“We have to learn from the many mistakes we made and move forward,” Soule said. “It’s uncharacteristic for us to walk that many guys.  We have a lot of tough games coming up and a lot of games on the road. Traditionally, this is a place we haven’t played well. We’ll just be happy with this win. There’s still work to do.”

Sports Editor Michael Hoffer can be reached at [email protected]. Follow him on Twitter: @foresports.

Yarmouth sophomore Jordan Brown throws a pitch in his first varsity start. Brown threw a strong five innings.

Greely senior starting pitcher Jonah Normandeau throws a strike.

Yarmouth senior Matthew Highland slides safety into third as Greely junior Sam Porter takes the throw.

Yarmouth seniors Caleb Uhl (4) and Kevin Haley nearly collide while going for a fly ball. Haley made the catch.

Greely senior shortstop Nick Dunnett looks to throw to first to complete a double play as Yarmouth senior Kevin Haley slides into second base too late. The throw to first was not in time.

Greely senior catcher Matt Ames throws to first to complete a pitcher-to-home-to-first double play to end the bottom of the third inning.

Yarmouth rightfielder Connor Lainey lunges for a ball which drops in for a hit.

Greely senior Drew Hodge takes a rip.

Yarmouth senior Mark Brown takes a swing.

Recent Greely-Yarmouth meetings

Greely 3 Yarmouth 1 (@ OOB)
@ Yarmouth 4 Greely 3

@ Greely 5 Yarmouth 4
@ Yarmouth 6 Greely 5
Western B Final
Greely 7 Yarmouth 5

Yarmouth 5 @ Greely 4
@ Yarmouth 4 Greely 2

Greely 8 @ Yarmouth 7
@ Greely 6 Yarmouth 5

@ Greely 6 Yarmouth 5
Greely 11 @ Yarmouth 3
Western B quarterfinals
Yarmouth 9 @ Greely 2

Greely 7 @ Yarmouth 4
@ Greely 2 Yarmouth 0

@ Greely 9 Yarmouth 0
@ Greely 2 Yarmouth 0
Western B quarterfinals
@ Greely 12 Yarmouth 2 (6)

@ Greely 8 Yarmouth 1
Greely 3 @ Yarmouth 1

Greely 9 @ Yarmouth 1
@ Greely 8 Yarmouth 0

@ Greely 6 Yarmouth 5
Greely 4 @ Yarmouth 3

@ Greely 11 Yarmouth 11 (tie)
Western B preliminary round
Yarmouth 8 @ Greely 5 (8)

Sidebar Elements

Yarmouth senior shortstop Thomas Sullivan tries to apply a tag on Greely senior Drew Hodge, but Hodge is called safe during Friday afternoon’s marathon. The Rangers scored three times in the eighth inning to beat the Clippers, 10-7.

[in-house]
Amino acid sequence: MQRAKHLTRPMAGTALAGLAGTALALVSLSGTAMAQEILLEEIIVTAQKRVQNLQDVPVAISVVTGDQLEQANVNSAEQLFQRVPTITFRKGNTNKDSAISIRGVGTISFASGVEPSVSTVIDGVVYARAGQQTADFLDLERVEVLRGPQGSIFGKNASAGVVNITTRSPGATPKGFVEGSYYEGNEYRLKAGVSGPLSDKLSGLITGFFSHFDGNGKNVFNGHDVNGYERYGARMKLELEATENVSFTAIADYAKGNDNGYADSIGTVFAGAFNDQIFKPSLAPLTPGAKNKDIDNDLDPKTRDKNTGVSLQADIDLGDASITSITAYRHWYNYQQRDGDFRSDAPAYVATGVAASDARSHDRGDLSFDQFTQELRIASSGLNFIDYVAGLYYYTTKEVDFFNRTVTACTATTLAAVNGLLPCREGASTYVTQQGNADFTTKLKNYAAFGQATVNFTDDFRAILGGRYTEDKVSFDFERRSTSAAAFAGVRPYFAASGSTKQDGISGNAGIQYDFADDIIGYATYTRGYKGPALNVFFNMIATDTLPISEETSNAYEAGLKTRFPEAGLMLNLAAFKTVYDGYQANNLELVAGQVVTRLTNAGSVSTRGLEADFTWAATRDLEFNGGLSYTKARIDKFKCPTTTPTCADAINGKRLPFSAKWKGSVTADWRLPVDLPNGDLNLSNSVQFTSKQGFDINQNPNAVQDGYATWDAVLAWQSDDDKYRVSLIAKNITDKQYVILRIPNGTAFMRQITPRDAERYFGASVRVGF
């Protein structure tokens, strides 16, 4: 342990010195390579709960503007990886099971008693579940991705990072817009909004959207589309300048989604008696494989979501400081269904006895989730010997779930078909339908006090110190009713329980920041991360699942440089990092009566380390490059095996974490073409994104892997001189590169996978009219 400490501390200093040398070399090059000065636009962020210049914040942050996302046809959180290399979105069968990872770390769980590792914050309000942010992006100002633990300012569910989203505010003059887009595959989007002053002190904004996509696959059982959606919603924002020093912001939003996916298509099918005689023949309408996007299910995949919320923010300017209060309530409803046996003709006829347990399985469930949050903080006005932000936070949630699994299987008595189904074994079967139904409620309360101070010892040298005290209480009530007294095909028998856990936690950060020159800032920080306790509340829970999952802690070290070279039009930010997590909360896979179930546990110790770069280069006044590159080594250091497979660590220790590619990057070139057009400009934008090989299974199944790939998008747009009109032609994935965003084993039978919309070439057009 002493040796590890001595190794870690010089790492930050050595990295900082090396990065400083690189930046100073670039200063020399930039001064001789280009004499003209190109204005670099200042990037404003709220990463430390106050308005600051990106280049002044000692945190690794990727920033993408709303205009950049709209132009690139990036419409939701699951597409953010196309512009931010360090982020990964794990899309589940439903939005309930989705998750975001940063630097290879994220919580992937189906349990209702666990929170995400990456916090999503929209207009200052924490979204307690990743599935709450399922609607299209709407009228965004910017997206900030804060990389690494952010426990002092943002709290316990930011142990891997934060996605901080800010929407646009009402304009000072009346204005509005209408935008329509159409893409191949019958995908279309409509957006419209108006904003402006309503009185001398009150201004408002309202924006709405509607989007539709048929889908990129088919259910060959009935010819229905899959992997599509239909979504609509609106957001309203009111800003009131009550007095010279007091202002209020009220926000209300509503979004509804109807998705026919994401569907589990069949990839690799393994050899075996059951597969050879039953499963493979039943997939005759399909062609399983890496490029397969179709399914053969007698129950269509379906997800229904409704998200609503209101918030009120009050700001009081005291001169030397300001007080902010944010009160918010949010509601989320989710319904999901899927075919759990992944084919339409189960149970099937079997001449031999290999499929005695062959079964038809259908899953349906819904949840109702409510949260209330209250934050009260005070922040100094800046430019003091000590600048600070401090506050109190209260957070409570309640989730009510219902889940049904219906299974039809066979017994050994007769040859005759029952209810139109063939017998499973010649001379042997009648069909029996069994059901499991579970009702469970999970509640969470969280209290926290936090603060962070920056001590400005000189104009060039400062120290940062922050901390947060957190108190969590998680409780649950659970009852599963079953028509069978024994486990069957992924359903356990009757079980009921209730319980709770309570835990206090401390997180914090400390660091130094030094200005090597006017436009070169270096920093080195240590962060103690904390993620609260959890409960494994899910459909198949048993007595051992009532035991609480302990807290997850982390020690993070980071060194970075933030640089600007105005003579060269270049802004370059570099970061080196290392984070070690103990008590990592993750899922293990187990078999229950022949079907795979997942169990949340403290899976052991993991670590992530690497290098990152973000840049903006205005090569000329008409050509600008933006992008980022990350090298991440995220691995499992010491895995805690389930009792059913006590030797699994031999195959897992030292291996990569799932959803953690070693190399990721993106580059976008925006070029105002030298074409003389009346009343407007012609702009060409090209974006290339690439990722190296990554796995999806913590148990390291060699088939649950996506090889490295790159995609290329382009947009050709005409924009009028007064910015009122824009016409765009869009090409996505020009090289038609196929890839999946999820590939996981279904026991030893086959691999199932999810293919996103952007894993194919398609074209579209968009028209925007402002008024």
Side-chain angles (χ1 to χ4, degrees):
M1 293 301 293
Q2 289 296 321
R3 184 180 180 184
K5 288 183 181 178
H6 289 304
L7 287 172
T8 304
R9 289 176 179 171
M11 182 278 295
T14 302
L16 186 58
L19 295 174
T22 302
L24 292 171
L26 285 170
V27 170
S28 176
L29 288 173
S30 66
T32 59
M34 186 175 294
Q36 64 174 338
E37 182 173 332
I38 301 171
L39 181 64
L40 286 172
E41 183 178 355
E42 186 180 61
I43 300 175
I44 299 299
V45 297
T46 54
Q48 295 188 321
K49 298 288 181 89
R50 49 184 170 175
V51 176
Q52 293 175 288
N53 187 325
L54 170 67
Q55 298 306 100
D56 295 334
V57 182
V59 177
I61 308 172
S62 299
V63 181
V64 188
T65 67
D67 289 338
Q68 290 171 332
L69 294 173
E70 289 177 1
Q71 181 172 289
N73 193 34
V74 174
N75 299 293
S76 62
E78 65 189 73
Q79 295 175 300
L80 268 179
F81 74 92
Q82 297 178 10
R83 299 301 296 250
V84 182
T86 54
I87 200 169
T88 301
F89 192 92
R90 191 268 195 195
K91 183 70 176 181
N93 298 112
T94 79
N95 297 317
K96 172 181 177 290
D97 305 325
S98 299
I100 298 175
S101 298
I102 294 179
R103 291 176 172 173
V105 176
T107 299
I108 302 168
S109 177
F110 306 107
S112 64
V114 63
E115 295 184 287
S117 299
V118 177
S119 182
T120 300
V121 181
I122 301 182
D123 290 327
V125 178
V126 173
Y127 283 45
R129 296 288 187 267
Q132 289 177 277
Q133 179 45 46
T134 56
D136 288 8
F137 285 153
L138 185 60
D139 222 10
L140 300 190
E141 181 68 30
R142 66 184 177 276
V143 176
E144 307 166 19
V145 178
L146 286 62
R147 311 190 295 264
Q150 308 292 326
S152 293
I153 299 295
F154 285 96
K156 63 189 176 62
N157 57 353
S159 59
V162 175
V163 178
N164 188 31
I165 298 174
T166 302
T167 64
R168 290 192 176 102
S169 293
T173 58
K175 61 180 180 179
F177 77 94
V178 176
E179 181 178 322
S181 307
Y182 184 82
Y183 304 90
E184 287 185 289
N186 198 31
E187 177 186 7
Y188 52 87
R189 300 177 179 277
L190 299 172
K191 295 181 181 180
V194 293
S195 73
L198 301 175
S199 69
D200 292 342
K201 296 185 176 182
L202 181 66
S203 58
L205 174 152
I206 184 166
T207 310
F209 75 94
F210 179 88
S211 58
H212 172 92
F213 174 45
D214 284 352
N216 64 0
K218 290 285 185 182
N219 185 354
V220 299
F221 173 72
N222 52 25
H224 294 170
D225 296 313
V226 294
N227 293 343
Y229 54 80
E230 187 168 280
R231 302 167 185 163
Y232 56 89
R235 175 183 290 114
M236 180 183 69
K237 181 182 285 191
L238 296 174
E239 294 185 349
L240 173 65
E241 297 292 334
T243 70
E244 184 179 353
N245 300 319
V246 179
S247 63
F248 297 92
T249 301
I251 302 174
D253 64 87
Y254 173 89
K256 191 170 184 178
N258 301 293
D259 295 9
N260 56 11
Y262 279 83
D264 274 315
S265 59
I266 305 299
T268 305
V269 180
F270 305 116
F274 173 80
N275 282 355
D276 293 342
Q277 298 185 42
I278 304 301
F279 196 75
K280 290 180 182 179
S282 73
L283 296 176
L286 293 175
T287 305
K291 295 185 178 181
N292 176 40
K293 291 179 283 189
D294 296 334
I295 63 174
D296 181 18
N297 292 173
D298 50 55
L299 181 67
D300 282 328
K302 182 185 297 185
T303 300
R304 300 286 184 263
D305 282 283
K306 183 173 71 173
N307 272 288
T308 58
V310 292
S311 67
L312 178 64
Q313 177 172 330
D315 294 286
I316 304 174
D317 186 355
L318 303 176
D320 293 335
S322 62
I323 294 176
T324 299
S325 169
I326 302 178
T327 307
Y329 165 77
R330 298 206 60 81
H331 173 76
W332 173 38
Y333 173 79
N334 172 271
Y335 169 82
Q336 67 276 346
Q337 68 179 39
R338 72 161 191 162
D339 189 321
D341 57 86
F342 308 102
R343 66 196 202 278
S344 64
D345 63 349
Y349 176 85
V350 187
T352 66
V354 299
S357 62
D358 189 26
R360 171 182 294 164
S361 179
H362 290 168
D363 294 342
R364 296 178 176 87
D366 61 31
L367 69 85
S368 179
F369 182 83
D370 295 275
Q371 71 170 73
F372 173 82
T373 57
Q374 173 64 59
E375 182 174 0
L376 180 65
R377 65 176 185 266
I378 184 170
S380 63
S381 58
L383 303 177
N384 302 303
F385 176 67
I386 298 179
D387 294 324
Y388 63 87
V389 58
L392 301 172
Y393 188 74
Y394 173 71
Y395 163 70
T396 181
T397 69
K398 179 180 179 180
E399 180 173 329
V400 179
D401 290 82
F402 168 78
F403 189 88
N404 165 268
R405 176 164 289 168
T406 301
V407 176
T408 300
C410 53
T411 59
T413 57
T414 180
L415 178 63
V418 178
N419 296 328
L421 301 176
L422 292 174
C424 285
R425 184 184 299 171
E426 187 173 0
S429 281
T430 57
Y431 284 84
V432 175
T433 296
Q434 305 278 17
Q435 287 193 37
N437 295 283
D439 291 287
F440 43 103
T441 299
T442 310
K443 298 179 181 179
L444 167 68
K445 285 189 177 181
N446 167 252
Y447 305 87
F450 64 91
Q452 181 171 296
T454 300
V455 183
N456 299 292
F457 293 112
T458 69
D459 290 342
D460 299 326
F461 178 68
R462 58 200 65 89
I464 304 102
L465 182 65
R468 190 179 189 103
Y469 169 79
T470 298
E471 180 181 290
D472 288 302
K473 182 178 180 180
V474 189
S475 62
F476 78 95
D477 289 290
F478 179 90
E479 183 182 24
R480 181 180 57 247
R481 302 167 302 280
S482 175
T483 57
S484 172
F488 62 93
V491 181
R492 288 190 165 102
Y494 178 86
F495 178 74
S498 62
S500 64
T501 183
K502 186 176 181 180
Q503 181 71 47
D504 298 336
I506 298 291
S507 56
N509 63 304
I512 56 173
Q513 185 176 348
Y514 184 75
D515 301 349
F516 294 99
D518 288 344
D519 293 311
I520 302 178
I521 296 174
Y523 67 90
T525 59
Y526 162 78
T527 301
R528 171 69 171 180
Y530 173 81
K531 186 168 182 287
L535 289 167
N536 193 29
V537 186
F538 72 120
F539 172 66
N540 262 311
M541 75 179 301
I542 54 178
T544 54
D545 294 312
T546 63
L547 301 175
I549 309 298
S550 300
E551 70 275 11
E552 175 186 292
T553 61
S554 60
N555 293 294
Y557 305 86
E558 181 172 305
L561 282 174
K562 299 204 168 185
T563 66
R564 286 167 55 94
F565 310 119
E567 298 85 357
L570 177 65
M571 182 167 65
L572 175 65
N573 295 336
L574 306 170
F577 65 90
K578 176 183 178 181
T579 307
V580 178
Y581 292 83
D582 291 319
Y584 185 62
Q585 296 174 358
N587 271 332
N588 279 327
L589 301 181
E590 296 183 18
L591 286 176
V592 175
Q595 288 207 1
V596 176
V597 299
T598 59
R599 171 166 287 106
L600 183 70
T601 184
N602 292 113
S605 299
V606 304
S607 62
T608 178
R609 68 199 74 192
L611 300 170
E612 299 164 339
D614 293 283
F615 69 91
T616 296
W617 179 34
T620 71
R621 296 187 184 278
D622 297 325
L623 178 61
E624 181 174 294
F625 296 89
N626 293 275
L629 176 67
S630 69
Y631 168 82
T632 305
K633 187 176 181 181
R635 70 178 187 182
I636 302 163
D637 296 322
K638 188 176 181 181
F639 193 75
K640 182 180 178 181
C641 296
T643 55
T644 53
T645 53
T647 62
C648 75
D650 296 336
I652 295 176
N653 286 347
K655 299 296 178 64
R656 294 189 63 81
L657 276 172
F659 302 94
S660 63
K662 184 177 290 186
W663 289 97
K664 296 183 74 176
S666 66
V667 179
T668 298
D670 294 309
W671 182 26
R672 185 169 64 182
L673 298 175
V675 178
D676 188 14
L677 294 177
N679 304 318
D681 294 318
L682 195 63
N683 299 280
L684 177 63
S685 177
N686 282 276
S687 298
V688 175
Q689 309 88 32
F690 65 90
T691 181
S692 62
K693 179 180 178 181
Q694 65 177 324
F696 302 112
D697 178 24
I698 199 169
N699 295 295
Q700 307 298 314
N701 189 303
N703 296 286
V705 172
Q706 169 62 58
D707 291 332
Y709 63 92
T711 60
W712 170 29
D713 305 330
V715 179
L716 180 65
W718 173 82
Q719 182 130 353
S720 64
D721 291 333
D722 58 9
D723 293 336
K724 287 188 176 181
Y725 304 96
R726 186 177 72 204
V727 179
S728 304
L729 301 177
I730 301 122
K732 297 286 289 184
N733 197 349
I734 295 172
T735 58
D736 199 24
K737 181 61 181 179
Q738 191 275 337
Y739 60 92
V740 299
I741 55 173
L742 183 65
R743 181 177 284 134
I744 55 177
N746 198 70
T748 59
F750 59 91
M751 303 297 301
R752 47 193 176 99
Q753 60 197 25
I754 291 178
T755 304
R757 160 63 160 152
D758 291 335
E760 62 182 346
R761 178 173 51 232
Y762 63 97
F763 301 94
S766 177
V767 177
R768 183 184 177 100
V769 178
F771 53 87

More photos below.


Greely 10 Yarmouth 7 (8 innings)

G- 002 020 33- 10 14 1
Y- 001 040 20- 7 8 5

Top 3rd
Shields grounded out to shortstop, Porter scored. Train singled to center, Hodge scored.

Bottom 3rd
N. Lainey singled to right, Uhl scored.

Top 5th
Hodge scored on error. Train scored on error.

Bottom 5th
Smith scored on C. Lainey squeeze bunt. Highland beat out bunt single, Cooper scored. Grover beat out infield single, Jacobs scored. Highland scored on error.

Top 7th
Bryant singled to center, Normandeau scored. McDevitt doubled to right-center, Finnegan and Pakulski scored.

Bottom 7th
Highland scored on wild pitch. Grover scored on wild pitch.

Top 8th
Train homered to left, Hodge, Shields and Train scored.

Repeat hitters:
G- Bryant, Hodge, Train 3
Y- Grover 3, Highland 2

G- Hodge 3, Train 2, Finnegan, Normandeau, Pakluski, Porter, Shields 1
Y- Highland 2, Cooper, Grover, Jacobs, Smith, Uhl 1

G- Train 4, McDevitt 2, Bryant, Shields 1
Y- Grover, Highland, C. Lainey, N. Lainey

G- Hodge, McDevitt
Y- Cooper

Stolen bases:
G- Train
Y- Cooper, Grover, Haley, Highland, Uhl

Normandeau, Russell (5), Bryant (7) and Ames; Brown, Highland (6) and Cooper.

Normandeau 4 IP 4 H 3 R 3 ER 4 BB 4 K 1 HBP
Russell 2 IP 2 H 2 R 1 ER 3 BB 2 K
Bryant (W, 1-0) 2 IP 2 H 2 R 2 ER 2 BB 1 K 2 WP

Brown 5 IP 7 H 4 R 2 ER 0 BB 1 K 2 HBP
Highland (L, 0-1) 3 IP 7 H 6 R 6 ER 0 BB 2 K